Ann Walsh Bradley

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Ann Bradley
Associate Justice of the Wisconsin Supreme Court
Incumbent
Assumed office
1995
Personal details
Born (1950-07-15) July 15, 1950 (age 65)
Richland Center, Wisconsin, U.S.
Political party Democrat
Alma mater Webster University (B.A.), University of Wisconsin Law School, (J.D.)

Ann Walsh Bradley (born July 5, 1950) is a justice on the Wisconsin Supreme Court. She was elected to the Supreme Court in 1995.

Justice Bradley was born in Richland Center, Wisconsin. She earned her bachelor's degree in 1972 from Webster University in St. Louis, Missouri.[1] She worked as a high school teacher at Aquinas High School in La Crosse, Wisconsin before entering the University of Wisconsin Law School, where she earned a law degree in 1976. Justice Bradley worked in private law practice until becoming a circuit court judge in Marathon County in 1985.[2]

Justice Bradley is an elected member of the American Law Institute, a former associate dean and faculty member of the Wisconsin Judicial College, a former chair of the Wisconsin Judicial Conference, a Democrat[3][4][5]and a lecturer for the American Bar Association's Asia Law Initiative.

Wisconsin Supreme Court tenure[edit]

Bradley was first elected to the Court in 1995, and re-elected in 2005 and 2015 (for a term expiring July 31, 2025).

2011 Conflict with Justice Prosser[edit]

On June 13, 2011, Bradley had a confrontation with Justice David Prosser, Jr., which allegedly became violent. Prosser, Bradley, and all other justices besides Patrick Crooks were informally discussing the next day decision that would overturn Judge Sumi's ruling on the collective bargaining law in Bradley's office. There are different accounts as to what occurred.[6] According to Bradley the discussion became heated after Bradley asked Prosser to leave her office and said she was bothered by his disparaging comments towards Chief Justice Shirley Abrahamson. Prosser allegedly then put his hands around Bradley's throat in what was described as a choke hold. Prosser himself said that these reports will be proved false.[7]

According to other anonymous sources, Bradley attacked Prosser. "She charged him with fists raised," the anonymous source said. Prosser "put his hands in a defensive posture," the anonymous source said. "He blocked her." In doing so, the anonymous source said, he made contact with Bradley's neck.[8] Justice Prosser denied he choked Bradley saying "Once there's a proper review of the matter and the facts surrounding it are made clear, the anonymous claims made to the media will be proven false." Justice Bradley stated that Prosser had choked her: "The facts are that I was demanding that he get out of my office and he put his hands around my neck in anger in a chokehold." Neither Supreme Court Justice David Prosser nor fellow Justice Ann Walsh Bradley will face criminal charges from the incident.[9] The state Judicial Commission has told its special prosecutor not to pursue new avenues to forward its ethics case against state Supreme Court Justice David Prosser.[10]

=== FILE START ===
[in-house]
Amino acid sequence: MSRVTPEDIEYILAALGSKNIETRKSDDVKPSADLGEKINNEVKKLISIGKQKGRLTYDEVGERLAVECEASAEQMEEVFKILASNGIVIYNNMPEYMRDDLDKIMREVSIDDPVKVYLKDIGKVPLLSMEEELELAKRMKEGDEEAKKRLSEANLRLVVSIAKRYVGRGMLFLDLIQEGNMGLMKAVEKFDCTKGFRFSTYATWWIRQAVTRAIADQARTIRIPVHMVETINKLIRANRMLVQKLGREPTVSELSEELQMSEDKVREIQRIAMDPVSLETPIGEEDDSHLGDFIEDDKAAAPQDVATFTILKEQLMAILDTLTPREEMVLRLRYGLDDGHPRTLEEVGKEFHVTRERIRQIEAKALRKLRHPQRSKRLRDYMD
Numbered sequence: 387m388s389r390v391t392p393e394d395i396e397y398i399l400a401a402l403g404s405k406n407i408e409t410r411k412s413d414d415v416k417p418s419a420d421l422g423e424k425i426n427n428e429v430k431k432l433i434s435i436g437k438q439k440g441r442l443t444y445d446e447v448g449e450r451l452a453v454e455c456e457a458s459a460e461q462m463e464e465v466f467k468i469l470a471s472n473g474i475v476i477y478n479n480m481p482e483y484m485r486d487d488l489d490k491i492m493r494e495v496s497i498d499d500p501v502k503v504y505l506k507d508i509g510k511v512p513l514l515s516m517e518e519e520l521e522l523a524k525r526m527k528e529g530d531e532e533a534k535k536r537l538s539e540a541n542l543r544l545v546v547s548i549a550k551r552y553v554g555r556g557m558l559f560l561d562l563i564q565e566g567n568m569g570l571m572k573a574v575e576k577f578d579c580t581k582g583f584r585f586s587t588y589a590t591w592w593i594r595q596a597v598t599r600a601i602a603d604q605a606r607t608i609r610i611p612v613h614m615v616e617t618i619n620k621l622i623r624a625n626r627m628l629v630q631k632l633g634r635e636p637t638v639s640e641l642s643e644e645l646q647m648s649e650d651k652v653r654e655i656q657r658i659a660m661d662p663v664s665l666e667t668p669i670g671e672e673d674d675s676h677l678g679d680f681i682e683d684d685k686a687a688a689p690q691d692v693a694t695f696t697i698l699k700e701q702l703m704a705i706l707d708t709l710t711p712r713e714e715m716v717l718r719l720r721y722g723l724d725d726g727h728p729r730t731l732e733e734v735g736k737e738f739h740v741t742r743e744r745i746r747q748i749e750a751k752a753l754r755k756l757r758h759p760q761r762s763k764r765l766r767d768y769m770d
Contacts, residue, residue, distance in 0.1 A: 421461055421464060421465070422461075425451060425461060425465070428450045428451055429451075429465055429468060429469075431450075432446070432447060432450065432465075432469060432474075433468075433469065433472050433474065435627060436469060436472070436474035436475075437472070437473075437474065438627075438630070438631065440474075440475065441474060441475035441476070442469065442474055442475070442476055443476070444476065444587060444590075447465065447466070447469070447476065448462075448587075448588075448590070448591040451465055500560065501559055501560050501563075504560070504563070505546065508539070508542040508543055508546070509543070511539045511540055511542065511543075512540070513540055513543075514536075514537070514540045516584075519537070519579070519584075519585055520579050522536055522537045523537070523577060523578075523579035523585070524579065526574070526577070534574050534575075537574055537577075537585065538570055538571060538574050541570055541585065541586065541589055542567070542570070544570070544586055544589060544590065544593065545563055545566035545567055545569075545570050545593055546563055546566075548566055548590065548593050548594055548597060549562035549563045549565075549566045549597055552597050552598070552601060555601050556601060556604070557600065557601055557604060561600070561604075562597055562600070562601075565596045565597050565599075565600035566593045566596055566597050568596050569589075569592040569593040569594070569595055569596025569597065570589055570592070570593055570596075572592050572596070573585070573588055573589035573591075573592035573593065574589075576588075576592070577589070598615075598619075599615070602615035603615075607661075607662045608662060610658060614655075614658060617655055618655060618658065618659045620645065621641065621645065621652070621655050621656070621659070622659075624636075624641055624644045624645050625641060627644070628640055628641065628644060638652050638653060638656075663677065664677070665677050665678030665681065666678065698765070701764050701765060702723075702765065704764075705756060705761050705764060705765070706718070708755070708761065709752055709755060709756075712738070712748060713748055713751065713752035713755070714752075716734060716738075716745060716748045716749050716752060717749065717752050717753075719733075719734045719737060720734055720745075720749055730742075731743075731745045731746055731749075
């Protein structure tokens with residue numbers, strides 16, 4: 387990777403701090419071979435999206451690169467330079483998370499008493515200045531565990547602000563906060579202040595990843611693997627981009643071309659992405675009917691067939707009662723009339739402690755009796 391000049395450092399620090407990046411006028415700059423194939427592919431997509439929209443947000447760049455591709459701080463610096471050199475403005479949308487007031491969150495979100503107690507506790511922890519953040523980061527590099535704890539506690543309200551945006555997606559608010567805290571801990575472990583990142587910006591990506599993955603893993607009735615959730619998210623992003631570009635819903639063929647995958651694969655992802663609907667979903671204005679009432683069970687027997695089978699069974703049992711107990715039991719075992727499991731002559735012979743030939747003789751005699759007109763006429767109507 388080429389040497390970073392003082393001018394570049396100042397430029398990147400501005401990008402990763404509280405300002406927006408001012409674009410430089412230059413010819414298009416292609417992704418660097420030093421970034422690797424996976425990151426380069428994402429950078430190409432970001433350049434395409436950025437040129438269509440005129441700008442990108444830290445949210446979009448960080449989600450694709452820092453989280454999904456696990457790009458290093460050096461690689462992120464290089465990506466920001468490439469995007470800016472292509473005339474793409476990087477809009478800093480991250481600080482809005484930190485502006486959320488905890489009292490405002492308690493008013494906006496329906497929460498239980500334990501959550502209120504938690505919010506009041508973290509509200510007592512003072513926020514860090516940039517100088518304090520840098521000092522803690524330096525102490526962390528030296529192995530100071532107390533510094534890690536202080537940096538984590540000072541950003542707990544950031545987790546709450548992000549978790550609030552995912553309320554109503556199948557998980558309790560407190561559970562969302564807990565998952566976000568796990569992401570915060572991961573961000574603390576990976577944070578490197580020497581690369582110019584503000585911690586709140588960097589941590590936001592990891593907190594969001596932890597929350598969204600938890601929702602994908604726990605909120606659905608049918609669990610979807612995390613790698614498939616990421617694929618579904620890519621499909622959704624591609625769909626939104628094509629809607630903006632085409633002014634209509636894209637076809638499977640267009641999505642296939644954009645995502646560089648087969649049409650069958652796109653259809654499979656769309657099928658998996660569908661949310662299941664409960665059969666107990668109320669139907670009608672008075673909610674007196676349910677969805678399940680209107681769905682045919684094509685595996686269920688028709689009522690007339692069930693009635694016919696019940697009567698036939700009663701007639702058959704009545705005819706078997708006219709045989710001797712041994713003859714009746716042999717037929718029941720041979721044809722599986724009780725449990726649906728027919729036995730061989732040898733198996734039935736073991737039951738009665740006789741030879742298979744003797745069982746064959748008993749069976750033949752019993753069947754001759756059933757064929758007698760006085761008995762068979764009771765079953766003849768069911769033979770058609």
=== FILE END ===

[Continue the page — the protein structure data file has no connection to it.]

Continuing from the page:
2015 reelection campaign[edit]

On April 7, 2015, Bradley was reelected to the Wisconsin Supreme Court, defeating Rock County Judge James Daley.

References[edit]

  1. ^ "Webster University honors Justice Ann Walsh Bradley". wicourts.gov. May 18, 2009. 
  2. ^ "Bradley, Ann Walsh 1950". Wisconsinhistory.org. 1950-07-05. Retrieved 2011-06-27. 
  3. ^ "Challenger criticizes Justice Bradley's judicial philosophy". Milwaukee Journal Sentinel. JSOnline. Retrieved 2015-02-09. 
  4. ^ "State Supreme Court challenger endorses changes". Green Bay Press Gazette. Associated Press, Green Bay Press Gazette. Retrieved 2015-02-09. 
  5. ^ "Wisconsin justice's spouse head of union-busting law firm". The Center for Public Integrity. http://www.publicintegrity.org. Retrieved 2015-02-10. 
  6. ^ "Two probes opened into Bradley claim". JSOnline. Retrieved 2011-06-27. 
  7. ^ "Prosser: Reports false that he placed hands on neck of other justice". JSOnline. Retrieved 2011-06-27. 
  8. ^ "Justices’ feud gets physical". JSOnline. Archived from the original on 12 July 2011. Retrieved 2011-06-25. 
  9. ^ http://www.jsonline.com/news/statepolitics/128389748.html
  10. ^ "Supreme Court Justice David Prosser's case appears stuck in neutral". Milwaukee Journal Sentinel. JSOnline. Retrieved 2015-02-09. 

Further reading[edit]

  • Aquinas News, Aquinas High School, La Crosse, Wisconsin, September 1972, 'Six new teachers join staff', Carol First, class of 1974, pg. 12. Article about Ann Walsh joining the Aquinas High School faculty.
  • Aquinas News, Aquinas High School, La Crosse, Wisconsin, May 1973, pg. 8, 'Resignations announced for four AHS teachers'. Ann Walsh returning to graduate school to study law at the University of Wisconsin–Madison in the fall.
  • Aquin 1973, Aquinas High School, La Crosse, Wisconsin, two photos of Ann Walsh, pg. 63.

External links[edit]